Act 1 - Scene 2
France. Before Orleans.
Sound a flourish. Enter CHARLES, ALENCON, and REIGNIER, marching with drum and Soldiers
Mars his true moving, even as in the heavens
So in the earth, to this day is not known:
Late did he shine
upon the English side;
Now we are victors; upon us he smiles.
What towns of any moment but we have?
pleasure here we lie near Orleans;
Otherwhiles the famish'd English, like pale ghosts,
Faintly besiege us
one hour in a month.
They want their porridge and their fat bull-beeves:
Either they must be dieted like mules
And have their
provender tied to their mouths
Or piteous they will look, like drowned mice.
Let's raise the siege: why live we idly here?
Talbot is taken, whom we wont to fear:
Remaineth none but
And he may well in fretting spend his gall,
Nor men nor money hath he to make
Sound, sound alarum! we will rush on them.
Now for the honour of the forlorn French!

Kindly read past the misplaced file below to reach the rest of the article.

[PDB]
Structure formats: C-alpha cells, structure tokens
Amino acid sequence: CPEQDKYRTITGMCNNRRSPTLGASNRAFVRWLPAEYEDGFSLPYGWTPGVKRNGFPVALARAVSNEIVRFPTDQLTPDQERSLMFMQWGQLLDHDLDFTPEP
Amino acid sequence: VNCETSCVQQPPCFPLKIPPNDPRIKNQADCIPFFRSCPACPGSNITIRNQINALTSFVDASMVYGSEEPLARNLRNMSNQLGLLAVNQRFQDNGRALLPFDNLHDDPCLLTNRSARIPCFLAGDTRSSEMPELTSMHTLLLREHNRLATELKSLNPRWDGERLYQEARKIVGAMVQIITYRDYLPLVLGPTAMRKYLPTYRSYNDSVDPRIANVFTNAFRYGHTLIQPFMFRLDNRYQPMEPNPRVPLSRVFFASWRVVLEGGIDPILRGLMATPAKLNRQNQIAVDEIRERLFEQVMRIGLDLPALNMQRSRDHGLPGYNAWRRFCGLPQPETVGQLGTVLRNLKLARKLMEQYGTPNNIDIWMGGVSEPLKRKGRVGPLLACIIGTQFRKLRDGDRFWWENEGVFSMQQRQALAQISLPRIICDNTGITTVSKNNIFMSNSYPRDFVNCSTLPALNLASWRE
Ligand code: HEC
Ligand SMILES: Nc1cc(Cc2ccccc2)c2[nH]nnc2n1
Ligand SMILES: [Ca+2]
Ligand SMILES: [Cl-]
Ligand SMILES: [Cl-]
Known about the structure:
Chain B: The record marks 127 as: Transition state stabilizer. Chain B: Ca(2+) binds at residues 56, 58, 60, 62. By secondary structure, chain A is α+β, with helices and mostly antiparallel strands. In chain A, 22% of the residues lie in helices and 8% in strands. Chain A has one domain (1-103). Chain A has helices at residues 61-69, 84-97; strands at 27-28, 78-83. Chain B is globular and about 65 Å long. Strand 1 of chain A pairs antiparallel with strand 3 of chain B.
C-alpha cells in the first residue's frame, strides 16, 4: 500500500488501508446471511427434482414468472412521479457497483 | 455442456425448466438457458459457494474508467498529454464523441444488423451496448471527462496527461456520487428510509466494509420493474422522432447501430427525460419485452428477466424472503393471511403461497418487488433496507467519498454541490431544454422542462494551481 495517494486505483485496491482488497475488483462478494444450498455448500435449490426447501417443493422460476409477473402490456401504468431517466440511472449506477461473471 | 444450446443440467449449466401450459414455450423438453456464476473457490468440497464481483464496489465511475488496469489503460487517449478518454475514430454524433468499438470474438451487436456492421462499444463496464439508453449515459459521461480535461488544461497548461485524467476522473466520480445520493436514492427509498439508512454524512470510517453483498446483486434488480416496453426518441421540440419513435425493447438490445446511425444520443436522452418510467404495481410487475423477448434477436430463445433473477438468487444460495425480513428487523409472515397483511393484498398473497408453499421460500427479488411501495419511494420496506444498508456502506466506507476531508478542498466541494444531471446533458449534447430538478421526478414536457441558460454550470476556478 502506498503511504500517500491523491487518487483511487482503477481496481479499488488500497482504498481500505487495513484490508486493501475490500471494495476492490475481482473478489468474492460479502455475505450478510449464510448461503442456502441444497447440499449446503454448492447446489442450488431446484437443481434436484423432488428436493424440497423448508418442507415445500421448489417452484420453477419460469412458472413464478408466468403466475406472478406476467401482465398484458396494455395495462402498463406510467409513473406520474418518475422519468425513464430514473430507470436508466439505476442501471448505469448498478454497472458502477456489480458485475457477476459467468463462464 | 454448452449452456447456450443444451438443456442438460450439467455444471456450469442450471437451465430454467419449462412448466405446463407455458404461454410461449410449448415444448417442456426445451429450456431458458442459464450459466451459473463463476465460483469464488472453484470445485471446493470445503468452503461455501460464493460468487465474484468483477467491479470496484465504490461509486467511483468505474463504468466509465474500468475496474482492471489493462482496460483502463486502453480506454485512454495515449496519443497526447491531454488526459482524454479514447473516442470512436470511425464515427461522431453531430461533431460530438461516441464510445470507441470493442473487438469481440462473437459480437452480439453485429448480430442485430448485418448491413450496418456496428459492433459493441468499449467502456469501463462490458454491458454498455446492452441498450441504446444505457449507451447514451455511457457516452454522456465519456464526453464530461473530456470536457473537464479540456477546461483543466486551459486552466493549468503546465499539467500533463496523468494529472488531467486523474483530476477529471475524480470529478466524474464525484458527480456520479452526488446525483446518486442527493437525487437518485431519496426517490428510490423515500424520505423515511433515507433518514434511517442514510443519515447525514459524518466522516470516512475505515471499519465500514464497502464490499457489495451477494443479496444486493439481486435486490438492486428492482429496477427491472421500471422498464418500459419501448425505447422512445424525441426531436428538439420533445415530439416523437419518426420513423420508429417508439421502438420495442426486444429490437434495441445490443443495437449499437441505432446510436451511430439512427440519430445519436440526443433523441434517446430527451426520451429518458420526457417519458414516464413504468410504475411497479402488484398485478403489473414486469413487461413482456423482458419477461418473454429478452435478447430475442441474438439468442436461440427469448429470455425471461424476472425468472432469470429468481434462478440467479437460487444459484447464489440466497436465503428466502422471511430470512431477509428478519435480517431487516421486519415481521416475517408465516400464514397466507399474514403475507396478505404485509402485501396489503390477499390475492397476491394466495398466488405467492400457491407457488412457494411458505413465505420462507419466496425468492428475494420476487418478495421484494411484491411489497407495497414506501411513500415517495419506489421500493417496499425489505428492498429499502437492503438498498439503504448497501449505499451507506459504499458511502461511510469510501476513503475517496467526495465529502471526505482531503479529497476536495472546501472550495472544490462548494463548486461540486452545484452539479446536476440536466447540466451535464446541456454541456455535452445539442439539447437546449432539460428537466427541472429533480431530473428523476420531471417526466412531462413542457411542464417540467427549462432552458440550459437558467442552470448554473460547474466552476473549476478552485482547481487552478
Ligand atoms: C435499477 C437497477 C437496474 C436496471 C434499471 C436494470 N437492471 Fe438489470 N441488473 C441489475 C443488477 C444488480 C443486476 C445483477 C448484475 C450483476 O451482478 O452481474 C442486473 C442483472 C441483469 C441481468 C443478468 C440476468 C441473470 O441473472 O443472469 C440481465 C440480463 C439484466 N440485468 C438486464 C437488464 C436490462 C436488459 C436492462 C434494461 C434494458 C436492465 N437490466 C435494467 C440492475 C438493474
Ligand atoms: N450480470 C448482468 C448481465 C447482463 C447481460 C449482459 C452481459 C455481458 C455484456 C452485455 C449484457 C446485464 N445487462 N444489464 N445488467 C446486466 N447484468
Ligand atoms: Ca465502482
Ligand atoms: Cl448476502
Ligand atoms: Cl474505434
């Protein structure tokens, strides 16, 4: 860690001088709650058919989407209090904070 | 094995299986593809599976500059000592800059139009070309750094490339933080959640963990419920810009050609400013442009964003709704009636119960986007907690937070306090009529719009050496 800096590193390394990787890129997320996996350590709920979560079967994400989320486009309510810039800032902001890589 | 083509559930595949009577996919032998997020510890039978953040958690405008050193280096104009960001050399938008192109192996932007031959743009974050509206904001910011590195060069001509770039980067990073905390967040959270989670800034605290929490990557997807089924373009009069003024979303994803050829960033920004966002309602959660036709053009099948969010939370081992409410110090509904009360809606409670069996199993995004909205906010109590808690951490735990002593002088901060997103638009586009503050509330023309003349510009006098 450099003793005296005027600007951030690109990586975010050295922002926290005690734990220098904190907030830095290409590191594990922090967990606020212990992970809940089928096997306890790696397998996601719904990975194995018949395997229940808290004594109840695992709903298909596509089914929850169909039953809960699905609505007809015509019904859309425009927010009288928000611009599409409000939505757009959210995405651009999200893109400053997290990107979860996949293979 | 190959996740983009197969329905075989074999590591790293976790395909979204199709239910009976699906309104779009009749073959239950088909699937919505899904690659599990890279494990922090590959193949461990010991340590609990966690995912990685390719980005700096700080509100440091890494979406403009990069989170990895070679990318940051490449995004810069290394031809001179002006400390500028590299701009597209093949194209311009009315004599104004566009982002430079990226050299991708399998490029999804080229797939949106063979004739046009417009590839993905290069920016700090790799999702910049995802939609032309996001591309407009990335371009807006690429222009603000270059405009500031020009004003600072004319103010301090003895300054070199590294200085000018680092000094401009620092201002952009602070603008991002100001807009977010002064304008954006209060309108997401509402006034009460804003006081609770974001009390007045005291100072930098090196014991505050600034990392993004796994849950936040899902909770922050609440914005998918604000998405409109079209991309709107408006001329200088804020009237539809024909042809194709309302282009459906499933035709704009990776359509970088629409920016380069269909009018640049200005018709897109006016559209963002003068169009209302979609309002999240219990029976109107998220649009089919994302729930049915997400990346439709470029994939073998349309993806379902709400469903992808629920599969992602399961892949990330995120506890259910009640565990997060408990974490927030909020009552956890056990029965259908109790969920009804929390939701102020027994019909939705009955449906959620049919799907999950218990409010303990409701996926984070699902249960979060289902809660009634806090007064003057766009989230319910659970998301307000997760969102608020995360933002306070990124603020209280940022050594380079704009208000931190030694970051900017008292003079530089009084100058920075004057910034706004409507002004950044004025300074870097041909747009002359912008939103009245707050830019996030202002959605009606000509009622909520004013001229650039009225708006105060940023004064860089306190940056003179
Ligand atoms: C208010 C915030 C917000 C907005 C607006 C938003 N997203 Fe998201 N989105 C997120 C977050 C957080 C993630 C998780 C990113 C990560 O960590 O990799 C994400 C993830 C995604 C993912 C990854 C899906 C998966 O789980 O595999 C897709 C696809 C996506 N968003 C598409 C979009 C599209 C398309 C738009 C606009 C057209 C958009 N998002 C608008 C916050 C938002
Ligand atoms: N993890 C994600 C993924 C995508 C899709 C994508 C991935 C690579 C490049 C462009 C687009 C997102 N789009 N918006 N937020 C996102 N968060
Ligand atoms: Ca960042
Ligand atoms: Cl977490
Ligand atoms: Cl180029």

Him I forgive my
death that killeth me
When he sees me go back one foot or fly.
Here alarum; they are beaten back by the English with great loss. Re-enter CHARLES, ALENCON, and
Who ever saw the like? what men have I!
Dogs! cowards! dastards! I would ne'er have fled,
they left me 'midst my enemies.
Salisbury is a desperate homicide;
He fighteth as one weary of his life.
The other lords, like lions wanting
Do rush upon us as their hungry prey.
Froissart, a countryman of ours, records,
England all Olivers and Rowlands bred,
During the time Edward
the Third did reign.
More truly now may this be verified;
For none but Samsons and Goliases
forth to skirmish. One to ten!
Lean, raw-boned rascals! who would e'er suppose
They had such courage
Let's leave this town; for they are hare-brain'd slaves,
And hunger will enforce them to be more eager:
old I know them; rather with their teeth
The walls they'll tear down than forsake the siege.
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